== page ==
Driven User Guide: Understanding the Unit of Work Details Pageversion 2.2.6
- 1. Overview of Monitored Applications
1.1. Logging In
1.2. Status Views
- 2. Searches, Saved Views, and Accessing Relevant Data
2.1. Starting a Search
2.3. My Teams Views
2.5. Customizing Searches
2.6. Periodic Views
- 3. Using the App Details Page
3.4. Viewing the Graph
3.6. Details Table
- 4. Understanding the Unit of Work Details Page
- 5. Managing Applications with Tags
- 6. Configuring Teams for Collaboration
6.2. Team Details
- 7. Using Annotations
7.2. Data Visibility
- 8. Execute Hive Queries as Cascading HiveFlow
8.1. Using HiveFlow
8.2. Driven for HiveFlow
- 9. Execute Cascading MapReduce Flows
- 10. User Profile
10.1. User Actions
10.2. User Credentials
10.3. User Statistics
The Unit of Work details page can address many questions about an application run. A couple of typical issues that can be addressed include:
How does the application decompose to specific tasks?
Is there a particular cause for performance degradation: data skew, network storm, poor application logic, or inadequate cluster resource provisioning?
The Unit of Work details section contains panels with overall Unit of Work information. In its title bar, this section displays the name of the Unit of Work, a copyable URL to the current view, and a status icon (see Status State of the Application for a list of icons).
The Status panel displays a color-coded bar representing the time the Unit of Work spent in each of the states it was in. The timeline is a graphical way to view the amount of time the Unit of Work spent in each of the states it entered, including the current one. The states illustrated by the bar are labeled with begin and end times (time entered and time exited), or dates for long-running units of work. For detailed information on these states, see the State Model
|If the timeline does not show a timestamp for a state, you can view state times in the Unit of Work Details Table. Use the column chooser to add the state-times columns if they are not already included in the table.
Below the timeline is the Progress section, which displays the total number of steps the unit of work has, along with tables that categorize the unit of work’s steps by state. The Active table’s columns are named for the active states that a step could be in, while the Completed table’s columns are named for the end states that a step could be in. The values in these columns are simple counters that show how many steps are in the specified state.
If a unit of work is still active, a Slice Rate graph appears below the Progress section, along with the current number of active slices and the time of last update. Mousing over the graph updates the time and number of active slices to those of the chosen point. For more information, see Common Counters.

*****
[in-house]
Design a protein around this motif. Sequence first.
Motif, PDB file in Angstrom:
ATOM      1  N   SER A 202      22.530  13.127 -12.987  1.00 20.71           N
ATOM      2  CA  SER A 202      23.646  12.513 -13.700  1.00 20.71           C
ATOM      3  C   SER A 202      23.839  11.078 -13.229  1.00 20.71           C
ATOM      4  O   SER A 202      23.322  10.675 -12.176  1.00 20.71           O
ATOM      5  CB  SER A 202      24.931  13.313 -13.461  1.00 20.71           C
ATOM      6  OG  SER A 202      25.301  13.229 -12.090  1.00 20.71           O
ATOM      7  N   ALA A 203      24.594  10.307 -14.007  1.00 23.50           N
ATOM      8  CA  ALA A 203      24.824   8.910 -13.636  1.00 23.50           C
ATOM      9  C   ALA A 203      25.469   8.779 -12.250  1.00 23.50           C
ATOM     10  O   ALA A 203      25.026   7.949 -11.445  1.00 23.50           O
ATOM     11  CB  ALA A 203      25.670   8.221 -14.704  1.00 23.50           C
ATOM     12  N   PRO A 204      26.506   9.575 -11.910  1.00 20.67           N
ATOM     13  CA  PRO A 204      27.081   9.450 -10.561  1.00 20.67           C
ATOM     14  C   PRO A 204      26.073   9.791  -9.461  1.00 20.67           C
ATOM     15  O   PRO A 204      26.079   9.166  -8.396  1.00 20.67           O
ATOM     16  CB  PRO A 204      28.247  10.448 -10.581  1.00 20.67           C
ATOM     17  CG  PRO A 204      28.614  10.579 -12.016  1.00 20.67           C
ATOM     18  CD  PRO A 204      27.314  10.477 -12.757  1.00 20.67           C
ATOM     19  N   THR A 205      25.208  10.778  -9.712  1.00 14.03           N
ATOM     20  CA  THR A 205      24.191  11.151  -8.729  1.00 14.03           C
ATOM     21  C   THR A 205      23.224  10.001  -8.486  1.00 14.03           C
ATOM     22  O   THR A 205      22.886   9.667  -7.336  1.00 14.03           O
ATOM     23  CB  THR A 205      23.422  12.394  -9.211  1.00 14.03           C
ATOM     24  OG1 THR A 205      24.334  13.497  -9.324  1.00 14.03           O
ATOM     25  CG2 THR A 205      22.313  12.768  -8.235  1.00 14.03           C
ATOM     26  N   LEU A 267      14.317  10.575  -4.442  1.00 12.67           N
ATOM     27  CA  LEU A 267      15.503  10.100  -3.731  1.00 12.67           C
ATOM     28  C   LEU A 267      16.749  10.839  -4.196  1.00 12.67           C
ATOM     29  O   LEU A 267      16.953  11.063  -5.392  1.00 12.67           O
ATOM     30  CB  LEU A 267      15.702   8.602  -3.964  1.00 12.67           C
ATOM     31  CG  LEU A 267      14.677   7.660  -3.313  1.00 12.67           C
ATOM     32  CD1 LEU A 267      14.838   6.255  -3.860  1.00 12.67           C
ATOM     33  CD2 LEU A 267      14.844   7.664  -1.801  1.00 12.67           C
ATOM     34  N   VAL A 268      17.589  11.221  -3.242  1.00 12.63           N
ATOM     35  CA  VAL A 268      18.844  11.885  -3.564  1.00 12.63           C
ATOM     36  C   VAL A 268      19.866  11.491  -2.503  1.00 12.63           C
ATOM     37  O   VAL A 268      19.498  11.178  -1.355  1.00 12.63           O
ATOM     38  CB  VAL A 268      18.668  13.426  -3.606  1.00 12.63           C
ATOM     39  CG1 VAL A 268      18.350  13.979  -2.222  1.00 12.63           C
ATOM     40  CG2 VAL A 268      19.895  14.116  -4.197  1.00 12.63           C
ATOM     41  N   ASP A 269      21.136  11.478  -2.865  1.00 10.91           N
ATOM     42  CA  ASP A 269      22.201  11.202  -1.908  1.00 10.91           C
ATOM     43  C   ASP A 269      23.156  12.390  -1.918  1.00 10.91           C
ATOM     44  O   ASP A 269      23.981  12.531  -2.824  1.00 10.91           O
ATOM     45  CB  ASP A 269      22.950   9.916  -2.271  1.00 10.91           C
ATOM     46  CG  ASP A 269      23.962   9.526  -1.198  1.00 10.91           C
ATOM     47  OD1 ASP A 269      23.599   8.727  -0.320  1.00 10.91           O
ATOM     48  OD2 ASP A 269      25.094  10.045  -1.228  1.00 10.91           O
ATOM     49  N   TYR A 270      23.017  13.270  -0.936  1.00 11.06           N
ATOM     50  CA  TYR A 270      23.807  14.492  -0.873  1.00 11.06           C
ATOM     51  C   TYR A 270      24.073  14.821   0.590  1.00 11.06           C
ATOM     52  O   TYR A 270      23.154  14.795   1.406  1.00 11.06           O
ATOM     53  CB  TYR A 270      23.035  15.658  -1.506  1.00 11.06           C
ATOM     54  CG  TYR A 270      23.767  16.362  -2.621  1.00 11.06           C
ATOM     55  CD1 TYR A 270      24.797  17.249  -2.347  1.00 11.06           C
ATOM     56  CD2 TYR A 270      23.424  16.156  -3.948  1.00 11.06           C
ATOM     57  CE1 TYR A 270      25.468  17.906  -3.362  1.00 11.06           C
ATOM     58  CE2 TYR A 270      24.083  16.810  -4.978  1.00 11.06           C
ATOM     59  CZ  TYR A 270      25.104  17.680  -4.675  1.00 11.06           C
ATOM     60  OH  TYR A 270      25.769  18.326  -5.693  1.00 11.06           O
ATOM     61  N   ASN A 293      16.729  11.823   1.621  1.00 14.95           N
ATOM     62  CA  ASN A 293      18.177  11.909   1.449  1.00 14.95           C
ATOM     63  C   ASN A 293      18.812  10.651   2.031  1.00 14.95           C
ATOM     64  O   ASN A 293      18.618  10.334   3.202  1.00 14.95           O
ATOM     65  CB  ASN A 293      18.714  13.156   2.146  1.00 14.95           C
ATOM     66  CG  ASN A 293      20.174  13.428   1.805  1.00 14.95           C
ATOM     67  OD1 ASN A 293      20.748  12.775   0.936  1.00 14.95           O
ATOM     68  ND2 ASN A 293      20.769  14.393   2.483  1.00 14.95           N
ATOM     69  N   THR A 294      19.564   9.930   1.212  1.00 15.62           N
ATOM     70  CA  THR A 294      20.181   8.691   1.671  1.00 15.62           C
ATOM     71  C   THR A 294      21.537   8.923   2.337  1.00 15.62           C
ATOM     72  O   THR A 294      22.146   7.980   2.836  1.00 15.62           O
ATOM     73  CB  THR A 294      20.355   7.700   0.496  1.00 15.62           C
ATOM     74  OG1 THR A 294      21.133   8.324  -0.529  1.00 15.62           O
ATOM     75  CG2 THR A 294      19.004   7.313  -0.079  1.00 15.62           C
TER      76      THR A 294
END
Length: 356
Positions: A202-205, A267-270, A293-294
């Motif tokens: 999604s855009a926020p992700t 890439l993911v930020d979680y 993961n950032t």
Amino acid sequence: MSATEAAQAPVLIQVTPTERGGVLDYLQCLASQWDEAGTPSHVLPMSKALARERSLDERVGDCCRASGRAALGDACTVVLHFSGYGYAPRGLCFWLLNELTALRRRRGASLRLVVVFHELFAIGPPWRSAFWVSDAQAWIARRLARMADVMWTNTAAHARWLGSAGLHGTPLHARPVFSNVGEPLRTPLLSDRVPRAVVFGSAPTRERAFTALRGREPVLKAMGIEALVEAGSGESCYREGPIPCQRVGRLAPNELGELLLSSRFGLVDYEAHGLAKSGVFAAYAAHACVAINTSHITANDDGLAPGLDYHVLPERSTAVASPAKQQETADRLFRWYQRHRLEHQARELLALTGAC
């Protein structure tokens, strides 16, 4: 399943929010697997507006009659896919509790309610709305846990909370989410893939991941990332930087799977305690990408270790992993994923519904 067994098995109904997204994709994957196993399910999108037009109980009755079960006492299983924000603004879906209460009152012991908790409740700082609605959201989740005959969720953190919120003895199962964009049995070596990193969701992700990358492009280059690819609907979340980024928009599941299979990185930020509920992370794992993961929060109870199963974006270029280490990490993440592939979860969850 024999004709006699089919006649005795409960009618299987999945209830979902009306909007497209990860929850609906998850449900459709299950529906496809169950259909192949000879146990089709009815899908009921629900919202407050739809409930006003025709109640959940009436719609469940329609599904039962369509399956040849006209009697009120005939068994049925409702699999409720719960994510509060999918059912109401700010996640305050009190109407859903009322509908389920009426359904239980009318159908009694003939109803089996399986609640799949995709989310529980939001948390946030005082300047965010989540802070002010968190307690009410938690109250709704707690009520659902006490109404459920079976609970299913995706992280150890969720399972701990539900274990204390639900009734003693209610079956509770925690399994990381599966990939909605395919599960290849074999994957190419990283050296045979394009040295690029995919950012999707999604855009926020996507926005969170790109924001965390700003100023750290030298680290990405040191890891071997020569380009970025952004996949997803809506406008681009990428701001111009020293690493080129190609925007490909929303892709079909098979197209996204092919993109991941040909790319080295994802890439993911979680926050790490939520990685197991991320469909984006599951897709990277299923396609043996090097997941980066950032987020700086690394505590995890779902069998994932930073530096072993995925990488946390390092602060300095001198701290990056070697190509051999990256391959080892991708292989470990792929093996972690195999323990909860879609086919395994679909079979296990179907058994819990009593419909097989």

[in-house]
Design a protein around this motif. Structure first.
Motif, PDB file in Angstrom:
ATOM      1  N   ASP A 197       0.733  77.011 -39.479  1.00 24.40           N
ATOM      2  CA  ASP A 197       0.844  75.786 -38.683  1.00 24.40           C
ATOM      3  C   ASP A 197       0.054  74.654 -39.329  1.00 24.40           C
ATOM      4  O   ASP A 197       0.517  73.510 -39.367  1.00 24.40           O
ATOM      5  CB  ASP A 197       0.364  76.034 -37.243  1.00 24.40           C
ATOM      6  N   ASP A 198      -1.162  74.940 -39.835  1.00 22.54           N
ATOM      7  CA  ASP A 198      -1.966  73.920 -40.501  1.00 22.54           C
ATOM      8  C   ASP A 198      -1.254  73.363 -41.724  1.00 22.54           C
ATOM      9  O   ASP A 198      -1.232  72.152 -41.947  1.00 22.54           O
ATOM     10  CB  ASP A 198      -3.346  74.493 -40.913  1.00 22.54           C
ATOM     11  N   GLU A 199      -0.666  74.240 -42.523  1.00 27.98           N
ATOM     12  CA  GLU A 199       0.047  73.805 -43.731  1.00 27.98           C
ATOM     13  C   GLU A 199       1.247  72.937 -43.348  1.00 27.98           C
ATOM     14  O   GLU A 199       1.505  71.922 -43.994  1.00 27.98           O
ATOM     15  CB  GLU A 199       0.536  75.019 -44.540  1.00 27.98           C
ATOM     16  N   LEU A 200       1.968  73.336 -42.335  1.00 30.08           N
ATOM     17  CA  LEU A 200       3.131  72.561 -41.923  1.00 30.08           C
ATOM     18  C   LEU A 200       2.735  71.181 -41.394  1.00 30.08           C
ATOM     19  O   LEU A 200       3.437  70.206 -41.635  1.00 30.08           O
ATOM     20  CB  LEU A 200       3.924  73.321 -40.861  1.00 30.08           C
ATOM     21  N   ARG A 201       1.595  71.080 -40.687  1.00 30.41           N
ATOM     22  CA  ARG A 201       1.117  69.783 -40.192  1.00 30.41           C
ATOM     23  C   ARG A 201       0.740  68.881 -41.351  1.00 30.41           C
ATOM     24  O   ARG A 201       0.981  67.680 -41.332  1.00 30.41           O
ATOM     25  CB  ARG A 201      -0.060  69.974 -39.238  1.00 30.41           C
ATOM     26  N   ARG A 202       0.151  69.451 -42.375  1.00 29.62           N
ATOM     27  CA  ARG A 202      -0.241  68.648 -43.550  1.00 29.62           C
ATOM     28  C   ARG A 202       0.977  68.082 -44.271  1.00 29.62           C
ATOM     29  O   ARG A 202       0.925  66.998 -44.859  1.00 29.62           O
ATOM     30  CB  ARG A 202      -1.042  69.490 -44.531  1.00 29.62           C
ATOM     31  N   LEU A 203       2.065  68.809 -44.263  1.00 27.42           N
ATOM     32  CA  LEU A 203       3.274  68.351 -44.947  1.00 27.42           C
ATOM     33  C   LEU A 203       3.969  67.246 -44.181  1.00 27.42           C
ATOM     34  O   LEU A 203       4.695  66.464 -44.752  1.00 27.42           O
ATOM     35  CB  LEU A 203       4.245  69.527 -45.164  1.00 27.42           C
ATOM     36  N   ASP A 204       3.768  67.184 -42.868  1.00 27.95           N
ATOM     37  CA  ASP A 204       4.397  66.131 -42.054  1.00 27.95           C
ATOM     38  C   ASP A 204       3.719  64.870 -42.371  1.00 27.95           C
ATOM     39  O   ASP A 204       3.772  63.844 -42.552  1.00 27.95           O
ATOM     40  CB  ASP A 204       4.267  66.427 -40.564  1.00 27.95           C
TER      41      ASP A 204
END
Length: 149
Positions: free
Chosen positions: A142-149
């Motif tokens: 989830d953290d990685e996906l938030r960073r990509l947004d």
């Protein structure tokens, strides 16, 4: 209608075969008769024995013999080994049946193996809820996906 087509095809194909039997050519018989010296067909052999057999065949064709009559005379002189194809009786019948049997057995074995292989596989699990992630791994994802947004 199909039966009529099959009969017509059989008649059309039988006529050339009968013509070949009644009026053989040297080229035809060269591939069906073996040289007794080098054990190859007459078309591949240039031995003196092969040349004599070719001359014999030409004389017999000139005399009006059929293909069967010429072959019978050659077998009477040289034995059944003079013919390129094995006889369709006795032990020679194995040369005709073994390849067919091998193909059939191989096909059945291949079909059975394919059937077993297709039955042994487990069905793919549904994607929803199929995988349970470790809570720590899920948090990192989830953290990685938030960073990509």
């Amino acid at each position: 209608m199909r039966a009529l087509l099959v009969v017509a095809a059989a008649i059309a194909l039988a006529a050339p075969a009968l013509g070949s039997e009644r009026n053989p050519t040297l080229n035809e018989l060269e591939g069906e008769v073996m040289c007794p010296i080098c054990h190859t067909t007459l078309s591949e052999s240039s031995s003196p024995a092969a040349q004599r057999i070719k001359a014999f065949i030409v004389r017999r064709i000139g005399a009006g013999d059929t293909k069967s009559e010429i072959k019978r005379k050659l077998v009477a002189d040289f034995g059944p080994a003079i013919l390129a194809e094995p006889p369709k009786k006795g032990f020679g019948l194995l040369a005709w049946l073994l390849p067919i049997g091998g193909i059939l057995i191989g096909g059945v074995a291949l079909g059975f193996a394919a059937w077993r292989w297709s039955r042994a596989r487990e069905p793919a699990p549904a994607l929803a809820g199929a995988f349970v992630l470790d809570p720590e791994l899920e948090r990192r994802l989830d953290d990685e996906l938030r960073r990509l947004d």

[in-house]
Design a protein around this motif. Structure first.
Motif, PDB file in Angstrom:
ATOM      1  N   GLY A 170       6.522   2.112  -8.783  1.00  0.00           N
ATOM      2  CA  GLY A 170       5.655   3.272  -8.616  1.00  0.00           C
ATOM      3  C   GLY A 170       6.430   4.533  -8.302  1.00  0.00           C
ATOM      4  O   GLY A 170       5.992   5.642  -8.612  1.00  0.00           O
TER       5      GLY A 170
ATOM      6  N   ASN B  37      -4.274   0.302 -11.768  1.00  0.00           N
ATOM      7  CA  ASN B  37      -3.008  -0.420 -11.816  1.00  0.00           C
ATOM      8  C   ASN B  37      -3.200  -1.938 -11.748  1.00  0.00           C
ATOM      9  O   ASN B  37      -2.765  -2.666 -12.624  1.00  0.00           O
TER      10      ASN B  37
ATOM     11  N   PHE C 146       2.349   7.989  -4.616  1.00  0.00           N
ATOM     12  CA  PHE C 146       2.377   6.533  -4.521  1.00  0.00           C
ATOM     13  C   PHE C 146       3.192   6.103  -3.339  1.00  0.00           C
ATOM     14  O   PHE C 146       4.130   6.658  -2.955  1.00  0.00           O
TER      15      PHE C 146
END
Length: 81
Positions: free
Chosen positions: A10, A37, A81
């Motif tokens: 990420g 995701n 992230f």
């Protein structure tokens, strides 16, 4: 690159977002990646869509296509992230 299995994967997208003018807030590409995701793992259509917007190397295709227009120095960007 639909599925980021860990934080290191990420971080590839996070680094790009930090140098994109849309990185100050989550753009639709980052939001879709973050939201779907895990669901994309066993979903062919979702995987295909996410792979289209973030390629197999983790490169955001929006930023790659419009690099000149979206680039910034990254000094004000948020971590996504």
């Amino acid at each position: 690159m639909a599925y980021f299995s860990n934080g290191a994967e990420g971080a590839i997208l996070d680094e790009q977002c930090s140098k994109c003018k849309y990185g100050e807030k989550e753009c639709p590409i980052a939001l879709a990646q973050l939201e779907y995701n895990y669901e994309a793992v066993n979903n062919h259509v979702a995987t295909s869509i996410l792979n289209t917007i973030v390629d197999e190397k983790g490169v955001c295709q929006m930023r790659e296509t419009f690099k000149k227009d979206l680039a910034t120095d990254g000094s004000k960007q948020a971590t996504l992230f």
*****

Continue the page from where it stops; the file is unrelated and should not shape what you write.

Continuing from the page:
The Properties Panel reports on the last time data was received about the unit of work.
If the unit of work is part of a Hive-based application, it may display a Statement property containing the SQL executed by the unit of work.
All Units of Work can be represented by a Directed Acyclic Graph.
Different platforms are able to provide different vertex and edge data and therefore the DAG representations will vary.
All platforms will show data source and sink resource vertices with sanitized information about the resource URI and fields. They will also show at least one processing vertex, with appropriate details for that operation.
A Hive query DAG will be drawn showing a query icon between the source table(s) and output table(s). The user can click on the source and sink resource nodes to see more detailed information about the tables touched by the query. Hive units of work only have one processing vertex representing the HQL query. The details of the query are listed in the Properties tab of the status panel.
Native map reduce DAGs will show map, shuffle, and reduce vertices between the source and sink resource vertices.
Spark DAGs will show resilient distributed dataset (RDD) vertices between the source and sink resource vertices.
A key component of a Cascading application is the query planner. When the Cascading application executes, the query planner compiles all the data-processing steps, analyzes dependencies of the steps, and develops the DAG for the application.
The Cascading query planner iterates through the DAG, breaking it into smaller and smaller graphs - called expression graphs - until the graph matches a pattern associated with a unit of work, such as a mapper or a reducer.